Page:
The Johnson County Commissioners Court, during a Friday called meeting, made no changes to the county’s current COVID-19 orders, other than to keep the latest version in effect.
Those orders will remain in effect until such time as the court sees fit to alter or rescind them, County Judge Roger Harmon said.
“They seem to be working well,” Harmon said. “I’m gauging that from what I see out in the county and the fact that our new case numbers don’t seem to be overwhelming our existing case numbers, which is a good sign. But we’ll continue to monitor the situation and if we do see a spike in the numbers we’ll strengthen the order if we have to. That’s not something I want to do, but we’ll do whatever’s necessary to ensure the public’s safety.”
That’s not to suggest that residents should ease off of recommended precautionary measures, Harmon said.
“These people who are still going out in public when they don’t need to and thinking everything’s rosy, boy, they don’t need to be doing that,” Harmon said. “We can’t emphasize enough that it’s really important to wash your hands frequently, clean and sanitize frequently touched surfaces like doorknobs and keep that 6 feet of social distance. That’s not just a general number out of the air. Just, as far as these things go, do it.”
Harmon, in a nod to precaution, asked one county employee to leave the courtroom.
“Anyone who doesn’t need to be here for the meeting can watch it on the video,” Harmon said. “I feel bad having to say that and anyone can come in as long as we don’t exceed our numbers and maintain distance. But we want to keep our number in here down to try to limit potential exposure possibilities down.”
Harmon reiterated that while younger people with no underlying health issues stand a better chance of recovering from COVID-19 they remain just as susceptible to catching it as anyone else.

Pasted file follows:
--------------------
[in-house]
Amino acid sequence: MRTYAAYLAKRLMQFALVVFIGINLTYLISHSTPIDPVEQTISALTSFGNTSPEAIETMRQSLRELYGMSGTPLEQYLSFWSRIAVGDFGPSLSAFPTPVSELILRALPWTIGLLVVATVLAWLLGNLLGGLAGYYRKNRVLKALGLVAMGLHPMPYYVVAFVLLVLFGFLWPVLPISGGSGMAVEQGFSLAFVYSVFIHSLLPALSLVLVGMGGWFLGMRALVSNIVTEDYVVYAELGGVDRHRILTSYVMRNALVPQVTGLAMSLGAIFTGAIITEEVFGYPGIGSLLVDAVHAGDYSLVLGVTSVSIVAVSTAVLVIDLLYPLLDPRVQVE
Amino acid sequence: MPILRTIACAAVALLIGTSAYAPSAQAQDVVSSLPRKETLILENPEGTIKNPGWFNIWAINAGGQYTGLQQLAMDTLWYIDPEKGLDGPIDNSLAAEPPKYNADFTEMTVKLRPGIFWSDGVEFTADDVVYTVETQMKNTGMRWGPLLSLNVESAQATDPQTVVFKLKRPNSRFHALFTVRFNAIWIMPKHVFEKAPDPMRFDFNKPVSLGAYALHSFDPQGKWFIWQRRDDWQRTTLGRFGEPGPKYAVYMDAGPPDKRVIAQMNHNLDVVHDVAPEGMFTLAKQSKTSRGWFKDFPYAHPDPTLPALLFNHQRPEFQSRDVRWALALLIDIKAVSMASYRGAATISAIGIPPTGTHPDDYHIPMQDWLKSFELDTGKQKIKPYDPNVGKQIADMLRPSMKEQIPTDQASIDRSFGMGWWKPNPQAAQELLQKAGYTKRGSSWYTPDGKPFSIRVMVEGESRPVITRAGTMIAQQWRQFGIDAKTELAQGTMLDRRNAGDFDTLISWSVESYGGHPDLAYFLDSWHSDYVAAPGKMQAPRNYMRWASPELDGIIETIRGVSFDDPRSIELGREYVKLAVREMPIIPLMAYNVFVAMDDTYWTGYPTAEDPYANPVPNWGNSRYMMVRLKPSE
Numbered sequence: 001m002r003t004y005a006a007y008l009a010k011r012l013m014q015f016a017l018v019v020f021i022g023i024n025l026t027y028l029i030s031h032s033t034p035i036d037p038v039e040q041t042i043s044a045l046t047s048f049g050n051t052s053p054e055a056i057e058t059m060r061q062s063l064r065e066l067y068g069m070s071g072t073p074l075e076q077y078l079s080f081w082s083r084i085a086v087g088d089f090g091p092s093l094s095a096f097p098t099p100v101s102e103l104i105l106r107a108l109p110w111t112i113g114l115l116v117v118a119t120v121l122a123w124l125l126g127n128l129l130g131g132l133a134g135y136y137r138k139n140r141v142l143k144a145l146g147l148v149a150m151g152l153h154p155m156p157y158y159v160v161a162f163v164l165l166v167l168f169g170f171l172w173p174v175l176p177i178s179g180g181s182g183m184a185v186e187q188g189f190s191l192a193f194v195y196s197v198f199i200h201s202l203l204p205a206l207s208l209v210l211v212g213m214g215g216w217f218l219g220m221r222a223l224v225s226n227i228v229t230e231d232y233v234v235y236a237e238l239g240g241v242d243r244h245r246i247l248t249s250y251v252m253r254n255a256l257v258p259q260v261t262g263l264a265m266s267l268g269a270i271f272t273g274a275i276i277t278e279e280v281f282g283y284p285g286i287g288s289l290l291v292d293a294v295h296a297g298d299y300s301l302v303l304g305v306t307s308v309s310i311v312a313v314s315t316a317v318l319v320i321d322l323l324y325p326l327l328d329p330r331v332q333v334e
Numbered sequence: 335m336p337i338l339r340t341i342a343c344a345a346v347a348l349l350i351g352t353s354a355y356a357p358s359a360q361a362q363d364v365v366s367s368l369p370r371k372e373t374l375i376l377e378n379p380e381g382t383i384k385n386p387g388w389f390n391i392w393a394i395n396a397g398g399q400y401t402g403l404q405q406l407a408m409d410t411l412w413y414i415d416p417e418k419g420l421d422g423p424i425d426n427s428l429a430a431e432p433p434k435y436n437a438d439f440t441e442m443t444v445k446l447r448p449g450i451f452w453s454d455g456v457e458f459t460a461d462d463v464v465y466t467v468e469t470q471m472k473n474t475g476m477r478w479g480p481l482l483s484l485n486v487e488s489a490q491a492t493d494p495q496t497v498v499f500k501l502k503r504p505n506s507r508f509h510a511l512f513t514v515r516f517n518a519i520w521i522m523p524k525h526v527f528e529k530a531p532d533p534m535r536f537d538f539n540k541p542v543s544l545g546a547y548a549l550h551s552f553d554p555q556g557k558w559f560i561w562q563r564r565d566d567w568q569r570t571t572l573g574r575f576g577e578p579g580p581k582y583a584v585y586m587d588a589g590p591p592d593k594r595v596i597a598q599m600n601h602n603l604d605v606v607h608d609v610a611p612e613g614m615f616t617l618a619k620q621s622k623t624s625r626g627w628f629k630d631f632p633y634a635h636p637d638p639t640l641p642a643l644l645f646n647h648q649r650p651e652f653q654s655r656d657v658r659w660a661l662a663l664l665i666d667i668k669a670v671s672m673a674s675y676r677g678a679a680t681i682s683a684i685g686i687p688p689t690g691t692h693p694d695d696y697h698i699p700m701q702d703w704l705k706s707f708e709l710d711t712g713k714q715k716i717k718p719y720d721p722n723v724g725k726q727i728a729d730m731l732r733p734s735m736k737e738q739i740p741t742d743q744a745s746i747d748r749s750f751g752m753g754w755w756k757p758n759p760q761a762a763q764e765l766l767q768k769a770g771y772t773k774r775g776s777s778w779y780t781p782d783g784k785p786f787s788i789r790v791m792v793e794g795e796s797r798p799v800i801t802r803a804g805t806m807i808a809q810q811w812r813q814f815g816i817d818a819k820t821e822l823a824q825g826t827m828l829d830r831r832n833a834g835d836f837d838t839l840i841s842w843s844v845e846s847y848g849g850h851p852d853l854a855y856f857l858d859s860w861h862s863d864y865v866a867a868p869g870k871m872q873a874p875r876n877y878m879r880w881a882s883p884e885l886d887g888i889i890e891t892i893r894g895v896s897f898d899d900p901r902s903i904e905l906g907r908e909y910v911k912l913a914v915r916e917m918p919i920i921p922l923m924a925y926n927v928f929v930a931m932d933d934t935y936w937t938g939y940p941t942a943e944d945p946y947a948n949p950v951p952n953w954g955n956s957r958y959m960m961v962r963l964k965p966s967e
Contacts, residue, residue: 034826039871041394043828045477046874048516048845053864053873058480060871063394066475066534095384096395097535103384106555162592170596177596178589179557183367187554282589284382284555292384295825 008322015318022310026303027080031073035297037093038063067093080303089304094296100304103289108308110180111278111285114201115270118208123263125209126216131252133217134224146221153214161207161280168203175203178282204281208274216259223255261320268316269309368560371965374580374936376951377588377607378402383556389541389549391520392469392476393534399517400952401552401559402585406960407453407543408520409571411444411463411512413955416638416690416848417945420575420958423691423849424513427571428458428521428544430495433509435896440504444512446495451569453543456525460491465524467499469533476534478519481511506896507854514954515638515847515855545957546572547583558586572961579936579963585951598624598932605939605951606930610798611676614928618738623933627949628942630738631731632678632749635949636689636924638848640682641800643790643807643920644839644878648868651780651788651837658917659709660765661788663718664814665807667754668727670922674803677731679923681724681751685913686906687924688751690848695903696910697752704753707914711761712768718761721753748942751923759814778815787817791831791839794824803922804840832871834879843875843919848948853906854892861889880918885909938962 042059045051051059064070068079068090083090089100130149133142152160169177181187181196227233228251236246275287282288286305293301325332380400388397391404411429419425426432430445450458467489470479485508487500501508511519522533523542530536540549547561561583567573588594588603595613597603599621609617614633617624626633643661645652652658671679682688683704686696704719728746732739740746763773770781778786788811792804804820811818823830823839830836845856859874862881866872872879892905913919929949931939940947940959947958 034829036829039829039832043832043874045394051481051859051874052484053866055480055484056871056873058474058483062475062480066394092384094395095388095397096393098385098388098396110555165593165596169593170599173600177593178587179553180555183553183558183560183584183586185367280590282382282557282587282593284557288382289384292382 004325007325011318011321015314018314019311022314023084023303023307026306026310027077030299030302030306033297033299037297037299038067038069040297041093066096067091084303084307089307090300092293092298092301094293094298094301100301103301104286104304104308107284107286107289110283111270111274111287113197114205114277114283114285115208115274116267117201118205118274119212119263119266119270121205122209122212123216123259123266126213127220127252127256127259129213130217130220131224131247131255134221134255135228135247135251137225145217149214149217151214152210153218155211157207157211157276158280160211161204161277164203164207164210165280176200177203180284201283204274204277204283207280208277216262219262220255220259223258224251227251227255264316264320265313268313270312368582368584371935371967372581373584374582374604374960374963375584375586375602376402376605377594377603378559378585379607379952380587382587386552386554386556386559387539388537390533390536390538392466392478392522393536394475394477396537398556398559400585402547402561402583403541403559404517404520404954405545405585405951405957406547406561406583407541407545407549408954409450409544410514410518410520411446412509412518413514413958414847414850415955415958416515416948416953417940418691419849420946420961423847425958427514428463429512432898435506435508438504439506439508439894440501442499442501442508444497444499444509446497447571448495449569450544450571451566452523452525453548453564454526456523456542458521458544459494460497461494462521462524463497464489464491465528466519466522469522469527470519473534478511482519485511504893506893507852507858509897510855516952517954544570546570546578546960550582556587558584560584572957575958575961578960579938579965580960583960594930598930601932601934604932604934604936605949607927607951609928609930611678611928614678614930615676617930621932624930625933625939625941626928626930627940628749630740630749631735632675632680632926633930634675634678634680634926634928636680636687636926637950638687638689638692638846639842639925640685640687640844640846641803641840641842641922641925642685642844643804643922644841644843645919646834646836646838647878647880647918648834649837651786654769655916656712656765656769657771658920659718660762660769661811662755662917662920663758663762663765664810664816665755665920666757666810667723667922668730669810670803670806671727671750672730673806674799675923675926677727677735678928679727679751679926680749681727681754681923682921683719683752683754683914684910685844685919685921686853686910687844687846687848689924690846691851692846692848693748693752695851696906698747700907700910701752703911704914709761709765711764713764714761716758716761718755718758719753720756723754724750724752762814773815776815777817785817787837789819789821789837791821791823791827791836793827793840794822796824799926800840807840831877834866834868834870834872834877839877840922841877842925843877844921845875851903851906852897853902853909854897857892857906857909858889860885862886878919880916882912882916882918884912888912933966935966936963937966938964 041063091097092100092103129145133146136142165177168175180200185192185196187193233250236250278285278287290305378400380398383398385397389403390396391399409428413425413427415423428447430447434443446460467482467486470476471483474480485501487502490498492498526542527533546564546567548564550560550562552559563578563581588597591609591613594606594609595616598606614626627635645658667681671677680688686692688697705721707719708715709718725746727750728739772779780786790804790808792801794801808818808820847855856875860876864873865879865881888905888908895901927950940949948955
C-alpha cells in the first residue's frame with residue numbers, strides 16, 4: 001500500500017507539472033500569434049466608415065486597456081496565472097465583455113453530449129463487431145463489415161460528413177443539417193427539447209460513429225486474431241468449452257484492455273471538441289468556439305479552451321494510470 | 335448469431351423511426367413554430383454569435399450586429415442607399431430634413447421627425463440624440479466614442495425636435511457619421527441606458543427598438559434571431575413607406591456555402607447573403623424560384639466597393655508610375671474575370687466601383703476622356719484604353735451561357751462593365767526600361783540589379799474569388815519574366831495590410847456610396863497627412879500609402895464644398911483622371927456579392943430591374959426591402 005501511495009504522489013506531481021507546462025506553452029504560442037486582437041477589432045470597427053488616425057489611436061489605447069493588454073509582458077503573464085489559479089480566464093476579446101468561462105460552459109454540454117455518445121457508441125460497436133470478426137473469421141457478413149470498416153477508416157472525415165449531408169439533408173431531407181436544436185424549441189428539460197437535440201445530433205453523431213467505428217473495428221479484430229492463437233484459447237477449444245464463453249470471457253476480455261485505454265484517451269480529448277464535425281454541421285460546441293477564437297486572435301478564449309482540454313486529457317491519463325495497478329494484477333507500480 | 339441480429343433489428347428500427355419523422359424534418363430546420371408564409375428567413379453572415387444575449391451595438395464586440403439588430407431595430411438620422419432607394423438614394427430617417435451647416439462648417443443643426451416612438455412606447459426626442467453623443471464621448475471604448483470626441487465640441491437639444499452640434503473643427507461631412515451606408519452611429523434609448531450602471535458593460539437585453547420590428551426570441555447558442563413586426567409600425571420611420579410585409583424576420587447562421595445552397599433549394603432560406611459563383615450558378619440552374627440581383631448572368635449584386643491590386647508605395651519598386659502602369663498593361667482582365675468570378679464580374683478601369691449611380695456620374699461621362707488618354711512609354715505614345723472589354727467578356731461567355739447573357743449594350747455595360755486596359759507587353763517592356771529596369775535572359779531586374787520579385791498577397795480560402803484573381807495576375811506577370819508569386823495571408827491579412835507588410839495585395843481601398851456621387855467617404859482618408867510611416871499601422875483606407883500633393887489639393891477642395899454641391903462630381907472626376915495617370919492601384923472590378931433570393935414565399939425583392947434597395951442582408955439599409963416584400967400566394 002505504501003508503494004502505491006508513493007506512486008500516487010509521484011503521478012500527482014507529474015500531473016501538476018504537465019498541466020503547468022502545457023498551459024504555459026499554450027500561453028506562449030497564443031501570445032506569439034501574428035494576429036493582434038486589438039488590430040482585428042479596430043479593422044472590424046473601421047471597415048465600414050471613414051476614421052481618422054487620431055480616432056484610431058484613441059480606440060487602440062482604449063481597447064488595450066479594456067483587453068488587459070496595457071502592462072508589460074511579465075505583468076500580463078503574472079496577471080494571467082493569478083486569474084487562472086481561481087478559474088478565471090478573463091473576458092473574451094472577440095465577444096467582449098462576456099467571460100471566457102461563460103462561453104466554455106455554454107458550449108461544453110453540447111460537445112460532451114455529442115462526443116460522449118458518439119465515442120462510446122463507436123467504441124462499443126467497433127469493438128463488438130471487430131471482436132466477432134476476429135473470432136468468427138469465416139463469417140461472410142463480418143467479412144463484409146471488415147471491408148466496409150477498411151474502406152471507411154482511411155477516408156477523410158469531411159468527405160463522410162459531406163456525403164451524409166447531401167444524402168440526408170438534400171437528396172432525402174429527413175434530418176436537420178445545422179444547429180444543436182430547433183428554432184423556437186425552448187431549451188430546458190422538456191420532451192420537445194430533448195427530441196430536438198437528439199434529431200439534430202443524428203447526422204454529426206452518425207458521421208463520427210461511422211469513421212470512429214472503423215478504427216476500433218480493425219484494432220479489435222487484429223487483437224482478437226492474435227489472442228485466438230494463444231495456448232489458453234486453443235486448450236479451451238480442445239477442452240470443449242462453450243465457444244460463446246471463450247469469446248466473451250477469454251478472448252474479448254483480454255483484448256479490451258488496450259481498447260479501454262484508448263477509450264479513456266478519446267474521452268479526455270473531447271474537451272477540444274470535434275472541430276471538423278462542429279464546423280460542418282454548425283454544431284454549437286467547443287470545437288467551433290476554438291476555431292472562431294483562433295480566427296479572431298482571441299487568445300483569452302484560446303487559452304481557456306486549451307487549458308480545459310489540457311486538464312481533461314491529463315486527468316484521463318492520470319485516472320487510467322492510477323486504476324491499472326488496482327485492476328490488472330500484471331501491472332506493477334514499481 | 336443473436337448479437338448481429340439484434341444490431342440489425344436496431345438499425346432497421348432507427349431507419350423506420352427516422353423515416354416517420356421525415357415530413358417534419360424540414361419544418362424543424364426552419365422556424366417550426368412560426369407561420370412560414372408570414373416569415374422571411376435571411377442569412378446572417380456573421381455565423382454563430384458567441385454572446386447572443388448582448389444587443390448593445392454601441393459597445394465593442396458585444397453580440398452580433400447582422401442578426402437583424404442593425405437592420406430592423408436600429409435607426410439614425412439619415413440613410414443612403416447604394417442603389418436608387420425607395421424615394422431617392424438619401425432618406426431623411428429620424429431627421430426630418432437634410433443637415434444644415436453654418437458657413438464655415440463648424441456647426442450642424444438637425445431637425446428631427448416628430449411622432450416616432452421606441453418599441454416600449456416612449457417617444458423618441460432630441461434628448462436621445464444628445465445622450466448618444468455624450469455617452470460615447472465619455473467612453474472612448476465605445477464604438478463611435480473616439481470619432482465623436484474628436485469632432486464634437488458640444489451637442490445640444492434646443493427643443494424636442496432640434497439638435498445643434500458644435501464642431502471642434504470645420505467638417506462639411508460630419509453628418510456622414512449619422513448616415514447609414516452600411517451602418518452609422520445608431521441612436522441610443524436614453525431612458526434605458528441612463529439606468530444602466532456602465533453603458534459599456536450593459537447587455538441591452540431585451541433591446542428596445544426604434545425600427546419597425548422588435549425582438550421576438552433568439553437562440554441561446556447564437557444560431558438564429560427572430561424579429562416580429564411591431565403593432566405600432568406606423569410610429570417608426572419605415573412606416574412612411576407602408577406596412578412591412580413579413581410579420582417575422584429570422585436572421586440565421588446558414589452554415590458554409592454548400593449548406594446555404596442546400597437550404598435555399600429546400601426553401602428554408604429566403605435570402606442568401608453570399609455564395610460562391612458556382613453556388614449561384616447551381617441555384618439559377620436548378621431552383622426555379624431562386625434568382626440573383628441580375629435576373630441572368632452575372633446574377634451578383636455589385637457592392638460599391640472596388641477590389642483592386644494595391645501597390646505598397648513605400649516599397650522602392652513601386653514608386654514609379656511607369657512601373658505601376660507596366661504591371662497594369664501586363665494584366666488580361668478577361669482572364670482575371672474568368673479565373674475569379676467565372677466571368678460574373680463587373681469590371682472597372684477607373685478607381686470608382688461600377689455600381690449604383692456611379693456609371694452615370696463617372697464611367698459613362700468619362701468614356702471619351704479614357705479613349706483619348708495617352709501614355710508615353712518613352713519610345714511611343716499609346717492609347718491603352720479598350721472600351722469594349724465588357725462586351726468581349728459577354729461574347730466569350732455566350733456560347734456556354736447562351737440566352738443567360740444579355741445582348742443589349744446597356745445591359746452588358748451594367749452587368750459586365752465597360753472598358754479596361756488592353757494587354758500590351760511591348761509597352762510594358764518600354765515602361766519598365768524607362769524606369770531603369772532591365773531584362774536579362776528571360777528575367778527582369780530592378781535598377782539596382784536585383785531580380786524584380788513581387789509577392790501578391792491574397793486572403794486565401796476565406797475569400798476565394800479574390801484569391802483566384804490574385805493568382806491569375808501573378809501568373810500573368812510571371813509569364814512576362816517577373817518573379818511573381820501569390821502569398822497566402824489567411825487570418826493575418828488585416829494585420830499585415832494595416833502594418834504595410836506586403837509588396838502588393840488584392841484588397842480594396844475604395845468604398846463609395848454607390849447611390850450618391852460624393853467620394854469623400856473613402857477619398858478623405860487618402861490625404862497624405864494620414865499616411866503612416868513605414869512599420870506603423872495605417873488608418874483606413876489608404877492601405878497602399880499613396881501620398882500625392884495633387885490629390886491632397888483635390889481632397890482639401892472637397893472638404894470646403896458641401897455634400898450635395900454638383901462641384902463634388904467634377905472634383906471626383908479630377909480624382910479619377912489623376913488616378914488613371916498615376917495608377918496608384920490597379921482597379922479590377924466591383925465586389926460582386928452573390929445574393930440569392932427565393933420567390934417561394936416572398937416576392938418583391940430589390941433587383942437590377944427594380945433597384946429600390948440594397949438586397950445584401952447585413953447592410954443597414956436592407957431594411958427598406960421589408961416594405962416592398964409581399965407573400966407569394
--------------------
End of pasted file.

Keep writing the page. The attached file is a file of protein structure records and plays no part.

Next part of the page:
“This is not just a problem for elderly people,” Harmon said. “It’s a problem for all.”
Harmon said he participated in a recent conference call with other area county judges during which it was said that positive cases of the virus are not projected to peak until about May 1.
“So this could get worse,” Harmon said.
Harmon, on the other hand, added that positive case projections may also not be as high as originally forecast.
Johnson County Emergency Management Director Jamie Moore emphasized Harmon’s caution that the virus is not restricted to the elderly.
“Of the 20 cases reported in Johnson County only two are people over 60,” Moore said. “The youngest is 21 and the oldest is 80.”
Of those numbers one death has been reported. That person, although a resident of Johnson County, contacted the virus while on a cruise and died in San Francisco, county officials said.
Of the 20, one has since been reported as having recovered.
“The number [of positive cases] needs to be taken with a grain of salt,” Moore said. “Some people who were sick were not tested because there aren’t enough test kits yet and were told to quarantine at home instead. So we don’t know if those people had it or not. And others may have it but not show signs and not know they have it.”
Test kits, though slow in coming, are on the way and plans call for instituting drive by testing soon.
“We’re working as fast and hard as we can,” Moore said.
Johnson County Public Health Authority Robert Shaw said several county cities still have no reported cases. Cleburne has 2 and Burleson 11. Some of that, Shaw said, may be thanks to Burleson’s proximity to Fort Worth and heavy travel and interaction between residents of the two cities.
Shaw reminded that 99 percent of those who contact COVID-19 get over it and cautioned against hysteria, both on the public and media’s part, in light of the situation.
Shaw like Harmon, however, cautioned residents to treat the threat seriously by practicing proper precautions.
Commissioners will meet again at 9 a.m. Tuesday at the Johnson County Courthouse.